UPDATE: Focus on Finance

August 20, 2004

Market timing settlements; online theft

Jump to:Choose article section...Fund shareholders will get some money back The settlement scorecard Just say NO to rental car coverage Is someone cyberswiping your checkbook? Piercing the veil of secrecy at fund companies Greenbacks aren't so green anymore

Fund shareholders will get some money back

Investors in nine mutual fund companies charged with market timing abuses will benefit to the tune of $2 billion in restitution and lowered management fees under settlements reached with the SEC and the New York state Attorney General. Beginning next year, the companies are expected to return money they made by allowing privileged investors to trade rapidly in and out of their funds, at the expense of ordinary fund shareholders. Independent consultants, under federal supervision, will distribute the payments to investors according to timetables set up by the individual settlements. Market timing charges are still pending against several mutual fund companies, including PIMCO and Invesco Funds Group.


The settlement scorecard

 Restitution to investors, in millionsReduction in management fees, in millions
Alliance Capital Management$250$350
Bank of America375160
Banc One Investment Advisors5040
FleetBoston Financial14080
Janus Capital Management100125
Massachusetts Financial Services2250
Pilgrim Baxter & Associates9010
Putnam Investments550
Strong Capital Management14035

Just say NO to rental car coverage

If you have a good auto insurance policy and health coverage, you probably can skip any insurance plan offered at the car rental counter, says the Insurance Information Institute. Comprehensive and collision coverage as part of your car insurance policy means you probably won't need a collision damage waiver (also known as a loss damage waiver), which generally costs between $9 and $19 a day. You can save another $3 a day by doing without the personal accident insurance coverage if you have adequate health insurance, or have personal injury protection under your own car insurance.

If you have a homeowners or renters insurance policy, you're already covered for theft of your belongings, and can skip the personal effects coverage, which adds a buck or two to the daily bill. Credit cards also offer insurance protection, so call the toll-free number on the back of your card to see what additional coverage you can count on.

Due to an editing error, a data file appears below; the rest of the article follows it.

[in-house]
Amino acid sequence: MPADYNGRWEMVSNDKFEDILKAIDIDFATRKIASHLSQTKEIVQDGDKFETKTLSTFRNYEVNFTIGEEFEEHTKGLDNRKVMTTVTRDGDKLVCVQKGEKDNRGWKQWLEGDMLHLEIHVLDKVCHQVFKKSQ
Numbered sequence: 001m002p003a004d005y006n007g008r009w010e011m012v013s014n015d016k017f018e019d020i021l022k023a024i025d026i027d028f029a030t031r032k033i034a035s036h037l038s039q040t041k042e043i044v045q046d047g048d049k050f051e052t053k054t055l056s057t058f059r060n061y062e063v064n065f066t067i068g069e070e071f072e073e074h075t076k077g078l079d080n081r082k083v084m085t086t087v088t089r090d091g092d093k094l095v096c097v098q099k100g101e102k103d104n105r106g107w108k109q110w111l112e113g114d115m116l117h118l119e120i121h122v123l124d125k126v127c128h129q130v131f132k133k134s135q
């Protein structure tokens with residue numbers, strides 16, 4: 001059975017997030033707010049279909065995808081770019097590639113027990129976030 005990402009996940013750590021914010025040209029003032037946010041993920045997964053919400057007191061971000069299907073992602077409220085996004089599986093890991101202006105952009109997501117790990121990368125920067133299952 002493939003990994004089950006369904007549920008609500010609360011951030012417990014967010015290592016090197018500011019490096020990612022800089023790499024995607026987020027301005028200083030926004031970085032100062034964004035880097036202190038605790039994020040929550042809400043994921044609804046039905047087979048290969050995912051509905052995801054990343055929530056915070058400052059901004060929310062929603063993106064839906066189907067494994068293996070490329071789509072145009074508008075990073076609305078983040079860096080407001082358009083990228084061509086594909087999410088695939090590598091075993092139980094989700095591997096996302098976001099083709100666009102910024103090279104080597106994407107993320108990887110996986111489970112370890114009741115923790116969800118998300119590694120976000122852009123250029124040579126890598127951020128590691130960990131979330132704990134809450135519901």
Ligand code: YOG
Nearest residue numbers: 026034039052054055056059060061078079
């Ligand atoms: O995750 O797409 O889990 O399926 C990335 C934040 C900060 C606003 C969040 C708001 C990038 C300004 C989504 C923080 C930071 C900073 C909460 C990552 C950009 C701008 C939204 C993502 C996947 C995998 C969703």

Is someone cyberswiping your checkbook?

Online theft from checking accounts is the fastest growing type of US financial consumer fraud, says a survey conducted by Gartner, an information technology research firm. Nearly 2 million adults have been victimized by online checking account theft in the 12 months ending in April, losing an average of $1,200 each. Crooks are gaining access to checking accounts through software that's unwittingly downloaded and gathers data such as account numbers and passwords.

Piercing the veil of secrecy at fund companies

Mutual fund companies have until Aug. 31 to reveal how they vote on key corporate issues, such as executive compensation, environmental decisions, and labor rights. The new SEC rule was designed to allow shareholders to monitor fund activities and to encourage funds to follow the interests of shareholders when voting on matters involving the companies they invest in. Mutual funds hold about 20 percent of all shares in US corporate stock, and thus have substantial influence on corporate policies.

Voting records must be filed every year with the SEC for all votes cast in the previous 12 months; filings will be posted at www.sec.gov. Companies also have to either make voting records available at their Web sites, or by request.

Greenbacks aren't so green anymore

Counterfeiters will soon have a tougher time plying their trade. A new $50 bill, dressed up in shades of red, blue, and silver, will hit bank counters on Sept. 28, says the federal Bureau of Engraving and Printing. The number "50" printed in the lower right corner of the bill also changes color from copper to green when the bill is tilted.

Next out will be a new $100 bill, joining the $50 and $20 in a series of newly redesigned bills. The treasury department still hasn't decided whether to redo the $5 and $10 bills, but says it definitely won't touch the $1 and $2 bills.

 

Yvonne Wollenberg. UPDATE: Focus on Finance. Medical Economics Aug. 20, 2004;81:9.